Skip to main content

Asia-Pacific shares trade higher, BOJ makes no change to yield range

Japanese yen weakens after BoJ announces no change to yield curve range

The Japanese yen weakened against the greenback after the Bank of Japan surprised markets by keeping its yield curve tolerance band unchanged.

The Japanese yen weakened 2.04% against the U.S. dollar after the announcement and last stood at 130.94.

“Japan’s economy is projected to continue growing at a pace above its potential growth rate,” the central bank said in a statement.

The Bank of Japan also left its interest rate unchanged at an ultra-dovish -0.1% – in line with expectations and maintaining the same rate it’s kept since 2016.

—Jihye Lee, Lee Ying Shan

Gaming shares jump after China grants license approvals

Hong Kong listed gaming stocks rose after China granted license approvals for 88 games, amongst which include NetEase, Tencent Holdings and miHoYo, marking a further easing of Beijing’s gaming crackdown.

Shares of NetEase jumped as high as 6.81% in early trade, notching its highest in more than four months. Tencent stocks added 0.11%.

–Lee Ying Shan

Bank of Japan likely to lift yield curve control another 50 basis points: UBS

Japan’s central bank is likely to broaden its 10-year treasury yield curve control range by another 50 basis points to a range of 1% below and above its 0% target, UBS Global Wealth Management executive director Tan Teck Leng said.

“The scenario of a completely abandonment of the YCC is unlikely,” he said on CNBC’s “Squawk Box Asia,” adding a move would be “uncharacteristic” of the central bank.

“I think the easiest for them to do is remove the cap, let it find fair value – but then again it comes to very big uncertainties, which is why we think that, as a middle ground, they have to at least raise it to a 1.0% cap,” he said.

The yield on the 10-year Japanese Government Bonds exceeded the upper ceiling of its band for a 5th straight session on Wednesday morning ahead of the BOJ’s monetary policy announcement.

Japan’s core manufacturing orders for November slump more than expected

Japan’s private-sector manufacturing orders for November fell 8.3% compared to the previous month, according to official data.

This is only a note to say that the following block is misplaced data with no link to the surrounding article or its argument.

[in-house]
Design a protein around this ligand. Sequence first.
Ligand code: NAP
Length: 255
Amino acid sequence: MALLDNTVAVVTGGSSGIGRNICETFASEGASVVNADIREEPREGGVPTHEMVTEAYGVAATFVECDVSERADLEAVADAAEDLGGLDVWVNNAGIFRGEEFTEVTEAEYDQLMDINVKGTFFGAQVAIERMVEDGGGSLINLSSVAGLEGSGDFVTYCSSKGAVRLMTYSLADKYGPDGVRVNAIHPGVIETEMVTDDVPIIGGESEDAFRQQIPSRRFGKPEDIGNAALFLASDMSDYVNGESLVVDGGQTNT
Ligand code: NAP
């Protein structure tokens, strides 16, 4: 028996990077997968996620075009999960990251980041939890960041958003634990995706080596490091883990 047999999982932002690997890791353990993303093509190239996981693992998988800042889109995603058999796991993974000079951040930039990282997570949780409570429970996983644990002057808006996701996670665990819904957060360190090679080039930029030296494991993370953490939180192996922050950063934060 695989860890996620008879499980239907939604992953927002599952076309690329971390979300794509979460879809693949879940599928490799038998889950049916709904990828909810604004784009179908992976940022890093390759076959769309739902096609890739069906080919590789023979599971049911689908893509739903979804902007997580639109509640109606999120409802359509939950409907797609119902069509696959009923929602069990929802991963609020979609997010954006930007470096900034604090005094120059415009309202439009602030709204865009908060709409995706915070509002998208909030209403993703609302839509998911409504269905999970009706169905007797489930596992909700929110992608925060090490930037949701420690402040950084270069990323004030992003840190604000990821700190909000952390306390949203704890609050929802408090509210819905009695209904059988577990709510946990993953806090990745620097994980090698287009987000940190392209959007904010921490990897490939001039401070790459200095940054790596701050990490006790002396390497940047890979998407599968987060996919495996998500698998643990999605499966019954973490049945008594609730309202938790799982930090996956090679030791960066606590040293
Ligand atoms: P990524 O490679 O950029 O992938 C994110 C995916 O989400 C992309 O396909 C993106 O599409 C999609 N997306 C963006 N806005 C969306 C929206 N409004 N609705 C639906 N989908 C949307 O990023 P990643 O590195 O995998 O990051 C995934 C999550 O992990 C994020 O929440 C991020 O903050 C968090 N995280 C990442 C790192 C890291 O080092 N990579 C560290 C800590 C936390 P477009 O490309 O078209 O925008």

The drop was significantly larger than Reuters’ expectations of a 0.9% decline. On an annualized basis, manufacturing orders fell 3.7%.

The private-sector machinery figures exclude orders from volatile ones for ships and electric power companies.

—Lee Ying Shan

CNBC Pro: Thinking of jumping back into Big Tech? This investor is wary of 2 stocks in particular

CNBC Pro: Morgan Stanley says cheaper EVs are coming — and names the global stocks set to benefit

As electric cars become increasingly popular, a new manufacturing technique that could make them more affordable is garnering interest, according to Morgan Stanley.

Some automakers are outsourcing the process which could benefit three leading Asian parts suppliers, said the Wall Street bank.

CNBC Pro subscribers can read more here.

— Ganesh Rao

Stocks end the day mixed, Dow falls almost 400 points

The Dow Jones Industrial Average Index fell to end the day, as Goldman Sachs shares weighed on the stock index.

The Dow lost 391.76 points, or 1.14%, to close at 33,910.85. The S&P 500 fell 0.2% to 3,990.97. The Nasdaq Composite gained 0.14% to end the day at 11,095.11.

— Tanaya Macheel

Bank of America sees a later start to the recession

A recession probably won’t start now until later in 2023 as consumer spending has been stronger than expected and the Federal Reserve eases up on the intensify of its interest rate hikes, according to Bank of America.

“We push back the timing of our outlook for a mild recession in the US economy by about one quarter given durability in consumer spending on account of strong labor markets, excess saving, declining energy prices, and easier financial conditions,” the firm said in a client note. “That said, we think the headwinds will lead consumers to reduce spending and push the saving rate higher as the year progresses.”

That puts the recession into the second quarter, driven by a an investment-led slowdown leaking to consumer spending.

After pushing its benchmark borrowing rate up by 4.25 percentage points in 2022, the Fed is expected to ease back, with a 0.25 percentage point increase in February. That is forecast to be followed by additional quarter-point increases in March and May.

Rate cuts likely won’t come until 2024, the firm said.

—Jeff Cox

Goldman Sachs shares fall on earnings miss

Goldman Sachs shares declined 2.4% after the Wall Street investment bank shared fourth-quarter earnings results that missed analysts’ expectations on both the top and bottom lines.

The bank reported earnings of $3.32 per share on $10.59 billion in revenues. Consensus estimates called for earnings of $5.48 a share on revenues of $10.83 billion, according to analysts surveyed by Refinitiv.

Provisions for credit losses also came in slightly above expectations.

— Hugh Son, Samantha Subin

Source link

Leave a Reply